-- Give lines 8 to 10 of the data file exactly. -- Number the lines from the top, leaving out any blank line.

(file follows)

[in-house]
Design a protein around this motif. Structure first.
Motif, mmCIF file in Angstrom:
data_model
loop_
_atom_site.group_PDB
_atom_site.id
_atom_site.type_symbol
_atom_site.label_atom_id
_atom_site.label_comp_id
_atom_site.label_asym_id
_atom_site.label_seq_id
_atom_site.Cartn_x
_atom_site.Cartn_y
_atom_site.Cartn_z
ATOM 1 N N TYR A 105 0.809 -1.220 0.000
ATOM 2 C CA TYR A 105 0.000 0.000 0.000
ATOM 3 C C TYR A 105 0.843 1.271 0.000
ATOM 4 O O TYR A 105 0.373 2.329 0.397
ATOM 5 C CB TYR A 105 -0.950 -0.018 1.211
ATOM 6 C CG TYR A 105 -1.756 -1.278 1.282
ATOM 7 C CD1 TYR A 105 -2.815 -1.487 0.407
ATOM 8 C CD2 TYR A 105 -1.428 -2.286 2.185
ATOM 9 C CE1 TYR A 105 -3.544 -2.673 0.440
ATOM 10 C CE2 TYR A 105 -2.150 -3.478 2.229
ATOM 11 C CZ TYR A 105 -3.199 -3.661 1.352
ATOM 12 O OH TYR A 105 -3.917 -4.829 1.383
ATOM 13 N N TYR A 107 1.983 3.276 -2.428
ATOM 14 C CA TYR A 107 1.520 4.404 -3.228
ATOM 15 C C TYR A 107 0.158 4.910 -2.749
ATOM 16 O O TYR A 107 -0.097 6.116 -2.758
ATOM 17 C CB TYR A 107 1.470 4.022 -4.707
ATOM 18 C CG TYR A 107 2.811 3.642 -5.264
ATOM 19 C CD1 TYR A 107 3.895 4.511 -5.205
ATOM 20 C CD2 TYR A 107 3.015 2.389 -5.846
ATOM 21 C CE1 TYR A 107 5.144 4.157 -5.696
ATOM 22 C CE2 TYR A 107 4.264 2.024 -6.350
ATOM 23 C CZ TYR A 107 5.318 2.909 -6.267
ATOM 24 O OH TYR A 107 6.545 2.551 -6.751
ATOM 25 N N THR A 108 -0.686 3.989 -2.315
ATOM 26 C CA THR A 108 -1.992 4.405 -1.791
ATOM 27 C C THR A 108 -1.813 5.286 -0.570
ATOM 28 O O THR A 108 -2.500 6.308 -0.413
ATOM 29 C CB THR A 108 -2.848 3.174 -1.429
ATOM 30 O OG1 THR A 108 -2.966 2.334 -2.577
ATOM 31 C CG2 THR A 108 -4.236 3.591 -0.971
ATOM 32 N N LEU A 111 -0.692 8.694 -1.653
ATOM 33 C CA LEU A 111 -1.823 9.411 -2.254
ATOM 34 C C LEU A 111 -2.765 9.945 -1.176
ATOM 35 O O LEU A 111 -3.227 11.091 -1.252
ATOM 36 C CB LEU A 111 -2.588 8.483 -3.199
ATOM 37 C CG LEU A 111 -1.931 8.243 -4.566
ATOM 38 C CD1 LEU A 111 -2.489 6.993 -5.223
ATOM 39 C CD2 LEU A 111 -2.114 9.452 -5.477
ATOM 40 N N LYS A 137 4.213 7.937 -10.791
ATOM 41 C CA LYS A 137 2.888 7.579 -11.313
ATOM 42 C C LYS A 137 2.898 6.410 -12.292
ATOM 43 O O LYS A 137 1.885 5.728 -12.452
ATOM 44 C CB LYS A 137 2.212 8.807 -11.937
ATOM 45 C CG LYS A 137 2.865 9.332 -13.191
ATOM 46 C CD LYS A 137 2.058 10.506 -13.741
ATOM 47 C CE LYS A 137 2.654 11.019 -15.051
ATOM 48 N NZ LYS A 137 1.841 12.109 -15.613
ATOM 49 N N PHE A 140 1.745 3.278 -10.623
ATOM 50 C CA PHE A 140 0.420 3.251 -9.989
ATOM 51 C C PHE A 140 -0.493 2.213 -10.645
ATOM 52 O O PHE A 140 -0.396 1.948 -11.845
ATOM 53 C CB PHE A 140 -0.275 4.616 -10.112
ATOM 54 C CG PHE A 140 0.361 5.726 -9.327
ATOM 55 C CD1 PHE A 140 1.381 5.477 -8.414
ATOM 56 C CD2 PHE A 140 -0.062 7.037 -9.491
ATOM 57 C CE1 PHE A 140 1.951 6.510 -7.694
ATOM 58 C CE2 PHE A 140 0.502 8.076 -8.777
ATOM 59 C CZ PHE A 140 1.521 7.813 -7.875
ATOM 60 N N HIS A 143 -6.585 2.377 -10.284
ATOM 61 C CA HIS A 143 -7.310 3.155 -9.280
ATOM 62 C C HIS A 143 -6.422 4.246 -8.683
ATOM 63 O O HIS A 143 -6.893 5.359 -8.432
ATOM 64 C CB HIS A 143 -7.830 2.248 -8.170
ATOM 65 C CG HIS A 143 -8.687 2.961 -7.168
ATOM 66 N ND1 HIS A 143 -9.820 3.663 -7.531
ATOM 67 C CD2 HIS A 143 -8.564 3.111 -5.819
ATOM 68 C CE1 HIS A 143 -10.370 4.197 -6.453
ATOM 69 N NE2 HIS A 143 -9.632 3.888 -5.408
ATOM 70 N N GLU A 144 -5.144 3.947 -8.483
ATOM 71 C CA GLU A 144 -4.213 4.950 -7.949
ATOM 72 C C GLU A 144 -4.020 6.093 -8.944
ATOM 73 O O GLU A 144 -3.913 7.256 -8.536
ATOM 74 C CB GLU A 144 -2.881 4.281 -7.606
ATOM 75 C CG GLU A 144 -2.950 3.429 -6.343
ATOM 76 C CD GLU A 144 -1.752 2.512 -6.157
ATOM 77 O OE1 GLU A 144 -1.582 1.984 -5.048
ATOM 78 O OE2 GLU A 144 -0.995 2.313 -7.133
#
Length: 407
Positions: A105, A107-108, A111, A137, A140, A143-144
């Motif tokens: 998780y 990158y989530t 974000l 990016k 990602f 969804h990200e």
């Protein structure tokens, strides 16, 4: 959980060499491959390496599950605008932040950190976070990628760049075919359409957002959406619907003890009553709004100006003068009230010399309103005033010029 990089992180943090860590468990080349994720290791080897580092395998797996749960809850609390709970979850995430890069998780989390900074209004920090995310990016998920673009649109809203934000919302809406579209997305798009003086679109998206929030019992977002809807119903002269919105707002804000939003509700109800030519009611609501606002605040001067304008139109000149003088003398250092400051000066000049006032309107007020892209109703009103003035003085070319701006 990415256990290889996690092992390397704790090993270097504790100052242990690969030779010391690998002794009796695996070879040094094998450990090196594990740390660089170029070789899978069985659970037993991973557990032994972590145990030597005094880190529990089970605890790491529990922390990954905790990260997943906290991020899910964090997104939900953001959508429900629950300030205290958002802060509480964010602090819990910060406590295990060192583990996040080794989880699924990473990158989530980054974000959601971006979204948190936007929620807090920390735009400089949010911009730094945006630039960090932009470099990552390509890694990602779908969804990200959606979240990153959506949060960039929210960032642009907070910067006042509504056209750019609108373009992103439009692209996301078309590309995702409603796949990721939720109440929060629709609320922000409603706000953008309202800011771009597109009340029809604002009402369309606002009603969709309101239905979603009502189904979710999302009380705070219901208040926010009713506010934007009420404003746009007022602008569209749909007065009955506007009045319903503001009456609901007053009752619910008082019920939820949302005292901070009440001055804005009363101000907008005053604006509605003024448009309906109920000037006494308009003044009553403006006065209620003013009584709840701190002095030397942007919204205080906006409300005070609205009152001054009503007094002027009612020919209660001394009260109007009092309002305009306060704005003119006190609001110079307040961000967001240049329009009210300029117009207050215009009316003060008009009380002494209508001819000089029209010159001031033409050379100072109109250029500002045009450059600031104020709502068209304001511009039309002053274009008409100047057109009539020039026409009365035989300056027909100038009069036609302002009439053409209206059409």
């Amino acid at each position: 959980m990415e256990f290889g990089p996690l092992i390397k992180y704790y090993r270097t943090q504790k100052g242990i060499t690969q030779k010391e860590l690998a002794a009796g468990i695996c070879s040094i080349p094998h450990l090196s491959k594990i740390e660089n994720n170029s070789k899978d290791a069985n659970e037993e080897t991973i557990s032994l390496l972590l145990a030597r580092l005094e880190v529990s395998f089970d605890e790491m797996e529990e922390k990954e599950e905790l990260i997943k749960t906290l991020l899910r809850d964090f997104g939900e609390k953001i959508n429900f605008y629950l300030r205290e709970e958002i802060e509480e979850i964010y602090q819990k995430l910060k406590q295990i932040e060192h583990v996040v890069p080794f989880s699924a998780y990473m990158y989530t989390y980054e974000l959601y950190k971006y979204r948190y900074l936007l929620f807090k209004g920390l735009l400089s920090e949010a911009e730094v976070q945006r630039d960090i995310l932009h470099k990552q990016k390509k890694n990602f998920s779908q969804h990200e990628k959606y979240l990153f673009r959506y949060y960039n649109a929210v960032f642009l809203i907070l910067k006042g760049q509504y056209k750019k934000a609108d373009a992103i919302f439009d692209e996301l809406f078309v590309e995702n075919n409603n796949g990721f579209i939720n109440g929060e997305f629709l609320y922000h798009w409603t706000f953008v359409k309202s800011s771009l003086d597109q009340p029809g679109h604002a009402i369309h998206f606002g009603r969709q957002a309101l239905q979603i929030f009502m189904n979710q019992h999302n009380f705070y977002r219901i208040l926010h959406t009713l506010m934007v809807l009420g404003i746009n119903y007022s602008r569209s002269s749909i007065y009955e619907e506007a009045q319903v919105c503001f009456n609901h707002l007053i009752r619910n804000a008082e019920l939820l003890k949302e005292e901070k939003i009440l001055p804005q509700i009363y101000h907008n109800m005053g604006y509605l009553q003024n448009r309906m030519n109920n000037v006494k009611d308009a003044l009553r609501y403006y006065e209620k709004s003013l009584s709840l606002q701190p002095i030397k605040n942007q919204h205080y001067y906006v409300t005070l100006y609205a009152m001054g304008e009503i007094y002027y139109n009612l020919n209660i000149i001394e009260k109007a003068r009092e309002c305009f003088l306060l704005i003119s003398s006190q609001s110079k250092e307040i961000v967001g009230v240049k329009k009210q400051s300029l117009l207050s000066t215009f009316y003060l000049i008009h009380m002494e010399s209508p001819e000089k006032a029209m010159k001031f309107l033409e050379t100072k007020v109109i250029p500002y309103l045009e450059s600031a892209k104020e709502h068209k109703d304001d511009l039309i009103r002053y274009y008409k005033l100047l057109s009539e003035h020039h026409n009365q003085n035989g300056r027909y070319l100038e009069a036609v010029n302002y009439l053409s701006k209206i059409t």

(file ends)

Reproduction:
_atom_site.type_symbol
_atom_site.label_atom_id
_atom_site.label_comp_id